Which brings me to Peter’s middle name.
* * *
Salvation is one of those big, impressive-sounding religious words, but really, it just means delivered or protected from danger or destruction.
Spiritually, when we talk about salvation, we’re talking about the process through which God saves us from eternal destruction—the process that begins with the sacrifice that pays the penalty for our sins and ends with our resurrection as immortal children of God.
That’s salvation with a big “S.” Without that salvation, life is robbed of meaning and purpose. That’s the salvation that gives us perspective, knowing that no matter what happens in this life, something better is waiting.
But there are other kinds of salvation, too. There is salvation when God delivers us from a problem we don’t have the means to solve. There is salvation when He keeps us safe from dangers we can’t fight. There is salvation when He shields us from the things that threaten to crush and overwhelm us in this life.
And there is salvation when God protects a little four pound, thirteen ounce baby from all the what-ifs waiting right around the corner. There is salvation when He brings back a heartbeat loud and clear while the courage of two scared parents begins to falter.
* * *
Not everyone gets that kind of salvation in this life. I’m painfully aware of other stories with far more tragic moments.
We picked Peter’s middle name before he was out of the woods—because it wasn’t about him getting out of the woods. We still weren’t sure what kind of road was ahead of us when we chose it, but we knew what the name needed to be:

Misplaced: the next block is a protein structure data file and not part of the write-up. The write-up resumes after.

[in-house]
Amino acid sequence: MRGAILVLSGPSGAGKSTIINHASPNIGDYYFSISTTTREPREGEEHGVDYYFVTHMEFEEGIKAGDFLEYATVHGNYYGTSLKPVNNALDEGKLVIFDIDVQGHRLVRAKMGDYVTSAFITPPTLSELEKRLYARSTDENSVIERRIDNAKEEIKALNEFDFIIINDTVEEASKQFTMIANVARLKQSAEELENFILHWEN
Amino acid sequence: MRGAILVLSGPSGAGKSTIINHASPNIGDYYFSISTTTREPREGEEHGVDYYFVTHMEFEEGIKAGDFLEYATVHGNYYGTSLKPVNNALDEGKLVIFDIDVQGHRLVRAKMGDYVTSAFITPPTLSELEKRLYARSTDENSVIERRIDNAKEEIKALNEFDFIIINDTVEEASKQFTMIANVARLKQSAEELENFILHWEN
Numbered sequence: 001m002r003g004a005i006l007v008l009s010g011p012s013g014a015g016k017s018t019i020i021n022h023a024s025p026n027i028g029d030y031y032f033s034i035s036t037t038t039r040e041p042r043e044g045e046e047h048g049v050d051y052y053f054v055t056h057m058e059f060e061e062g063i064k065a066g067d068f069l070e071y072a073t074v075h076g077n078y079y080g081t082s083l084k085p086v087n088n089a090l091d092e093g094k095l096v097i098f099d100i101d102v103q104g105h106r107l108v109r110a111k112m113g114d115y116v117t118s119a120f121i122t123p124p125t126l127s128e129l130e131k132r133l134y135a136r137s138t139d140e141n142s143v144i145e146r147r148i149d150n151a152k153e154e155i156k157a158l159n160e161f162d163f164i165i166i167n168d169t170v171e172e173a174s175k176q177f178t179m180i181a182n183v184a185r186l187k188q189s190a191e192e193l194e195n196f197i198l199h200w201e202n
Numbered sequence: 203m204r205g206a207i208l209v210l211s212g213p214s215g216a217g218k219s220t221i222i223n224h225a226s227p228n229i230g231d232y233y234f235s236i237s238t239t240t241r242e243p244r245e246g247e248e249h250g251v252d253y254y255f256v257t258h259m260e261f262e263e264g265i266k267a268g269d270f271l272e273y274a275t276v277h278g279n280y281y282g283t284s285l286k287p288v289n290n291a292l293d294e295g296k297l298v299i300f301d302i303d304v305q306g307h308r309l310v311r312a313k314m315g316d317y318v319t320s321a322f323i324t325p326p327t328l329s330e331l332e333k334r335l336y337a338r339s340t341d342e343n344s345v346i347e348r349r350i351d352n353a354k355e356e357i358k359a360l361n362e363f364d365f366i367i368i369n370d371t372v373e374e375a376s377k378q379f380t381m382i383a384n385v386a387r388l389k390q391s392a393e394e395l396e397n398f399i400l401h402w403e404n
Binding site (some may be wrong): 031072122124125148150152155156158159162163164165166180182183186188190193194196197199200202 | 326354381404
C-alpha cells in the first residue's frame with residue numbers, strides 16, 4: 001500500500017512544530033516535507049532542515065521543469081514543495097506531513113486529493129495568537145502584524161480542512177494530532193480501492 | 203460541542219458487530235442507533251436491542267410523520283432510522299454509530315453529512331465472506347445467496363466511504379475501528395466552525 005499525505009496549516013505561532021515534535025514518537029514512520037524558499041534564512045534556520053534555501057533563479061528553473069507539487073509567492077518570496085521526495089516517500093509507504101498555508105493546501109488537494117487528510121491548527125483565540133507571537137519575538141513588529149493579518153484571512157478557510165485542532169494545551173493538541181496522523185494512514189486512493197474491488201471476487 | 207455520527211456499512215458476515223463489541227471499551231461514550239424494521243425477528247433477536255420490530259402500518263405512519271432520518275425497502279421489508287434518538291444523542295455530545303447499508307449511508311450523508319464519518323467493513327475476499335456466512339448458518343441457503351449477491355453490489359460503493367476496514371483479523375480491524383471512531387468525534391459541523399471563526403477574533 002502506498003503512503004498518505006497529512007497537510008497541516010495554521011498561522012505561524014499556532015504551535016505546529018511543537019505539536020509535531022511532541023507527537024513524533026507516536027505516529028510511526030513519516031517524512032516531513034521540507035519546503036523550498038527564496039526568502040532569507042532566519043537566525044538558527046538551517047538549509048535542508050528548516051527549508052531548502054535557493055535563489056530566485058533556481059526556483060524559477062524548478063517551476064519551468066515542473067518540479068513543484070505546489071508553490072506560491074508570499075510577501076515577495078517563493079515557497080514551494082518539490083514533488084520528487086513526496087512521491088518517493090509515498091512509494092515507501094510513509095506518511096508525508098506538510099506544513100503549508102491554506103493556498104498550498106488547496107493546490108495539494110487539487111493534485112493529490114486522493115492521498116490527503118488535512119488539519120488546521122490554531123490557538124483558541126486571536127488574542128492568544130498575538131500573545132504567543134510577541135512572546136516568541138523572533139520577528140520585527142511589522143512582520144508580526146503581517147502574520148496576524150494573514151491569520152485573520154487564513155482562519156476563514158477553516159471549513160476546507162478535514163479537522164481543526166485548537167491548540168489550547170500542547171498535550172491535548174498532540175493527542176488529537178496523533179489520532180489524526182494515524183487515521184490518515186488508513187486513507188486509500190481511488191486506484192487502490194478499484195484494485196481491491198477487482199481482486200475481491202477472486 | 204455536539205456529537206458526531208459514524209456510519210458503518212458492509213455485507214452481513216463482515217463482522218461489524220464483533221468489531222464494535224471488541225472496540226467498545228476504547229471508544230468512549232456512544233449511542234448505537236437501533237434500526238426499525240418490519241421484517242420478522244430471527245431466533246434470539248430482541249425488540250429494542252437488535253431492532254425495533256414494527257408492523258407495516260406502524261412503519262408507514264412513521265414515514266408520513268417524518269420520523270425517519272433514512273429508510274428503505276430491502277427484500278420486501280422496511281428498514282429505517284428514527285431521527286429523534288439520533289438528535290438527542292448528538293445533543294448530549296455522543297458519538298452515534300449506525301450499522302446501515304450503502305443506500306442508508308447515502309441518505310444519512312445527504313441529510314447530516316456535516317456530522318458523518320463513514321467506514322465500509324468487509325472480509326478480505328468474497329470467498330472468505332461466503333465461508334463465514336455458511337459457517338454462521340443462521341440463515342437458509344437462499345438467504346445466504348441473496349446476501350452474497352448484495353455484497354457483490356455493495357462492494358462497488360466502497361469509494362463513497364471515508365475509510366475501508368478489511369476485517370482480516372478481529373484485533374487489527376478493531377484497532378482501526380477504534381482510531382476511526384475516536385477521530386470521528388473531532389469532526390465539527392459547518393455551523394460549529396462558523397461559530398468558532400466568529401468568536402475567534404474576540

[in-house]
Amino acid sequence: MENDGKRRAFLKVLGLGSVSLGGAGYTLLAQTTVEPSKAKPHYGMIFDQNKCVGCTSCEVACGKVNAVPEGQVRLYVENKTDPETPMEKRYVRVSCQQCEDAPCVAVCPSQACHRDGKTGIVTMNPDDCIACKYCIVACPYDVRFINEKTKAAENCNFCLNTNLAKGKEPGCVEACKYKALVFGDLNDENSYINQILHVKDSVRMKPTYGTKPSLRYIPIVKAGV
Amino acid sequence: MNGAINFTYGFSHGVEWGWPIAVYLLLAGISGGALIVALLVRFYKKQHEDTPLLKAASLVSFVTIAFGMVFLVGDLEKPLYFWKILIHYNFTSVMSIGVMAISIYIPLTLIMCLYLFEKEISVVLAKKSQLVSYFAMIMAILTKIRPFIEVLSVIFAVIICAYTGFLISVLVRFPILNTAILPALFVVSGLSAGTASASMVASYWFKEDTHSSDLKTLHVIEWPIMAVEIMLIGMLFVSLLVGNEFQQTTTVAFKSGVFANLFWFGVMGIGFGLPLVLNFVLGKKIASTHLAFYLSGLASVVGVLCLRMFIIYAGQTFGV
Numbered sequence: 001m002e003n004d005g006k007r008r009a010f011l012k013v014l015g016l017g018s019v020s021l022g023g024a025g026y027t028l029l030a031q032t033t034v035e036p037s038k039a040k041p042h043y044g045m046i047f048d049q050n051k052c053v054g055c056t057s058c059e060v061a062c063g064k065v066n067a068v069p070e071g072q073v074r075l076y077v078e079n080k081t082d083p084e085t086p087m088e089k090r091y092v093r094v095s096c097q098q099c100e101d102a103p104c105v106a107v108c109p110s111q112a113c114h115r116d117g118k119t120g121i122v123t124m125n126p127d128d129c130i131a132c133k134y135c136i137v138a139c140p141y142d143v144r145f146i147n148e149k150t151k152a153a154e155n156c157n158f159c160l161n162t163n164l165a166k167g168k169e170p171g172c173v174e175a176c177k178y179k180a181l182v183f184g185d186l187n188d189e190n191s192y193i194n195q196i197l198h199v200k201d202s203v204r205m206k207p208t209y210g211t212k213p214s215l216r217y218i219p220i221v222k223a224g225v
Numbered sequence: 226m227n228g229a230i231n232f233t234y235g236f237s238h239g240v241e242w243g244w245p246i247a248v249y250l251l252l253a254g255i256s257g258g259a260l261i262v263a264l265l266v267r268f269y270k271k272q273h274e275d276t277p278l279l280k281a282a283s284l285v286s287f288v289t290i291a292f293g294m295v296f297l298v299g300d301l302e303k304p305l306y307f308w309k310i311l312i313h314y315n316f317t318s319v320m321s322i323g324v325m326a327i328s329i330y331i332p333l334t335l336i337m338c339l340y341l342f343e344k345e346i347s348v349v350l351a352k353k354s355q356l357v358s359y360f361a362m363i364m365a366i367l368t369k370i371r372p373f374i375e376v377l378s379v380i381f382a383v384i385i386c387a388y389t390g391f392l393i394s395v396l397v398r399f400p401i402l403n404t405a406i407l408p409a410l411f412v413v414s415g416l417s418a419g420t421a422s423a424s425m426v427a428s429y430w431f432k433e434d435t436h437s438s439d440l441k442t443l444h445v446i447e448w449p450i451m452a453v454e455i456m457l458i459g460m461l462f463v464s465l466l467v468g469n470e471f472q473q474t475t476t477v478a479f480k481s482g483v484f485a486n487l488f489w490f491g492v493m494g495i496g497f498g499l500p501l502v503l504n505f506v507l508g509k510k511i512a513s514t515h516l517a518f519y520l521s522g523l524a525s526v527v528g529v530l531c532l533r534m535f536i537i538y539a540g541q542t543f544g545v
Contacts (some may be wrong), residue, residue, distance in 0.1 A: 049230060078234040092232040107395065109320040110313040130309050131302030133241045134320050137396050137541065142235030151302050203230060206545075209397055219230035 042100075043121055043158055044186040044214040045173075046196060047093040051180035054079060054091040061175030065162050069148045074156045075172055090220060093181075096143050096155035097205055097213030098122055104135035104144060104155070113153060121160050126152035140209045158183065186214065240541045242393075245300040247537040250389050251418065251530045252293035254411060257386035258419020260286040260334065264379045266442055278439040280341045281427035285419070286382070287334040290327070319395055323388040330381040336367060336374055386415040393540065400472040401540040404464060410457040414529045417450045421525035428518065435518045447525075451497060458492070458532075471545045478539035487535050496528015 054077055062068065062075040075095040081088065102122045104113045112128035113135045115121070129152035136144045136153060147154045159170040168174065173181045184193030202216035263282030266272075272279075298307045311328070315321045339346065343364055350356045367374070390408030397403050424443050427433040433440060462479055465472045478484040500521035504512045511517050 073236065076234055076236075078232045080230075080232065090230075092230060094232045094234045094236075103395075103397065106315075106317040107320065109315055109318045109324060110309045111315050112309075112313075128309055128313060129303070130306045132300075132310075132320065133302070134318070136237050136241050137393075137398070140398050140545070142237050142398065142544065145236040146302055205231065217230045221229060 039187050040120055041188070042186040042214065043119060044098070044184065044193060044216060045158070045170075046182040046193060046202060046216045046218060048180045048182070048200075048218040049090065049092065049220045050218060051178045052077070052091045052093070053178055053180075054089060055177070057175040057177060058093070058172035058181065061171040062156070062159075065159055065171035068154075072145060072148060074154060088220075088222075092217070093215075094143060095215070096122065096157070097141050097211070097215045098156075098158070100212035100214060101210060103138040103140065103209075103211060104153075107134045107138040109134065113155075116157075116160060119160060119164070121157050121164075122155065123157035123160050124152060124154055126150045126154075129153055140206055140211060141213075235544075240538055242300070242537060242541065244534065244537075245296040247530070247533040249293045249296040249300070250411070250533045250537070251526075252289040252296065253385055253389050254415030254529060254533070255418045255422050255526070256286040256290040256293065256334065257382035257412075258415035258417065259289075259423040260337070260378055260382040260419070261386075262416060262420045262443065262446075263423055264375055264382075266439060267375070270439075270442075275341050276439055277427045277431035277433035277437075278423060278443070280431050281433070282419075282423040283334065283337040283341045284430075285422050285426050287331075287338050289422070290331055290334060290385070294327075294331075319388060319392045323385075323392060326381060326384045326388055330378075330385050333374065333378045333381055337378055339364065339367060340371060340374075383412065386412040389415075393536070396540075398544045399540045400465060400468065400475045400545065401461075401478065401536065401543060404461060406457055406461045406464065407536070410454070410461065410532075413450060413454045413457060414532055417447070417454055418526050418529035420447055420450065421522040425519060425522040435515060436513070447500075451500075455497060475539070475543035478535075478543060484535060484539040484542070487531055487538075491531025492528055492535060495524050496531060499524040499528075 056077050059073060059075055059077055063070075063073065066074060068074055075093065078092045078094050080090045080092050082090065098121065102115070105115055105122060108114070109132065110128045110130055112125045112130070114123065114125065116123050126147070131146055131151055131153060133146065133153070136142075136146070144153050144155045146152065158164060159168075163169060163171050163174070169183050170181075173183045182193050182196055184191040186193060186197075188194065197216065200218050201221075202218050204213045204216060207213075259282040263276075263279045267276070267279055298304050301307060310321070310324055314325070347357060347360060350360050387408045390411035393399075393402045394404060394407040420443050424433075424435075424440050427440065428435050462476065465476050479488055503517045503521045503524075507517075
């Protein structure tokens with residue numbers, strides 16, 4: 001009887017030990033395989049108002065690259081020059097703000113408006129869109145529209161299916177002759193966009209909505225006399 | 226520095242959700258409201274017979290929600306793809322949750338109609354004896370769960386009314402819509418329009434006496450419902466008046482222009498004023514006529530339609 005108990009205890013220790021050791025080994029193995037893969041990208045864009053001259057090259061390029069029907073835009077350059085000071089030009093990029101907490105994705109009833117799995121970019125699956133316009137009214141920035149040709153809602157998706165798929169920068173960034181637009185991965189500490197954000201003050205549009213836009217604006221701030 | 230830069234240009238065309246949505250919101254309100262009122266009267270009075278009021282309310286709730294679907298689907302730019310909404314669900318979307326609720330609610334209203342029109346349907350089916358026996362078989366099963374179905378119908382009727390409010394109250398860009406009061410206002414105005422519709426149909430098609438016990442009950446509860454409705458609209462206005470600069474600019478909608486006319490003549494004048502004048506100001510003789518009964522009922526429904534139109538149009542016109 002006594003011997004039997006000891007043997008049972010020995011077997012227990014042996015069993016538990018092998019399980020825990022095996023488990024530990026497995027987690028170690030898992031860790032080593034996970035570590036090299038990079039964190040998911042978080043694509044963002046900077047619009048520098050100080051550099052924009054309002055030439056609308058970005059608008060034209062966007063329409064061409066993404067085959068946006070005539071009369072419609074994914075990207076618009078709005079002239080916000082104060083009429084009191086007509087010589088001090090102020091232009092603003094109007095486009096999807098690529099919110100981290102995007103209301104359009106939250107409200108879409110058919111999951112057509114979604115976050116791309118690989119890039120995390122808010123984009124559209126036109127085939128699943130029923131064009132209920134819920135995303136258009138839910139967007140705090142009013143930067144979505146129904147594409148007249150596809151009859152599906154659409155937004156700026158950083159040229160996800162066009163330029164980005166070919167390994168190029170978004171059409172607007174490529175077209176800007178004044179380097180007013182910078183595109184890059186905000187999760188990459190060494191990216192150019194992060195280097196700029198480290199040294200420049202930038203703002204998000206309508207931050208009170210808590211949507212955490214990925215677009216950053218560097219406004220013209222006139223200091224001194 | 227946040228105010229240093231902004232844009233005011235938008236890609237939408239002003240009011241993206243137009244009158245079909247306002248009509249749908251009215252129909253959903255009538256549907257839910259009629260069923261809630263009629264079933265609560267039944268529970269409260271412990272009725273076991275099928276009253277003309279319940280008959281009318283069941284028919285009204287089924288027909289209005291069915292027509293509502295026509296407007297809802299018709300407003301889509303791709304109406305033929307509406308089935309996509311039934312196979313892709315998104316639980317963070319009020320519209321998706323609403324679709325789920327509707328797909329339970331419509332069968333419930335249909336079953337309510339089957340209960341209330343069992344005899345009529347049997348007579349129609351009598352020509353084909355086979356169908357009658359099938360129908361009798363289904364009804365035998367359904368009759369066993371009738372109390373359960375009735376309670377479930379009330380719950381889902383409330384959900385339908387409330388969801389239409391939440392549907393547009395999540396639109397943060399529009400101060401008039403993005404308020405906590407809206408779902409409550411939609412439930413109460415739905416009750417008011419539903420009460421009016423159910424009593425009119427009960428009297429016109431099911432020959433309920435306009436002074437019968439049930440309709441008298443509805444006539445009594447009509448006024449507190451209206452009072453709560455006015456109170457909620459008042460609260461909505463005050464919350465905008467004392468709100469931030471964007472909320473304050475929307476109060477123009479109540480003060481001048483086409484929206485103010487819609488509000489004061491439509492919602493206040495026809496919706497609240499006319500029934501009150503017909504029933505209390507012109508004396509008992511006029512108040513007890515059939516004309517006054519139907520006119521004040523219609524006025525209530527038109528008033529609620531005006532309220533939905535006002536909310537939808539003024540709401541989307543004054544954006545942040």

“God is salvation.”
I’m holding Peter Elisha Lallier in my arms as I write these words. He’s still so tiny. And I know he’s not going to remember anything about these past two weeks—but I will. His birth, and the days that followed, will be something Mary and I remember forever.
We still don’t know why things went the way they did. We might not ever get to know in this life.
But knowing the reason isn’t the important thing. Trusting the God who holds our lives in His hands—knowing that He has a reason, and trusting that it’s a good reason—that’s the important thing.
I’m eternally grateful that God delivered my boy from the dangers he faced, but I hope “Elisha” serves as more than just a memento of a few harrowing days he’ll never be able to remember.
I hope instead it’s a reminder that, no matter how things go in this life—no matter if they go the way we want them to or not—at the end of it all, when the last chapter of this temporary age has been written and the troubles of this life fade into the farthest reaches of eternity—God is our salvation.
Until next time,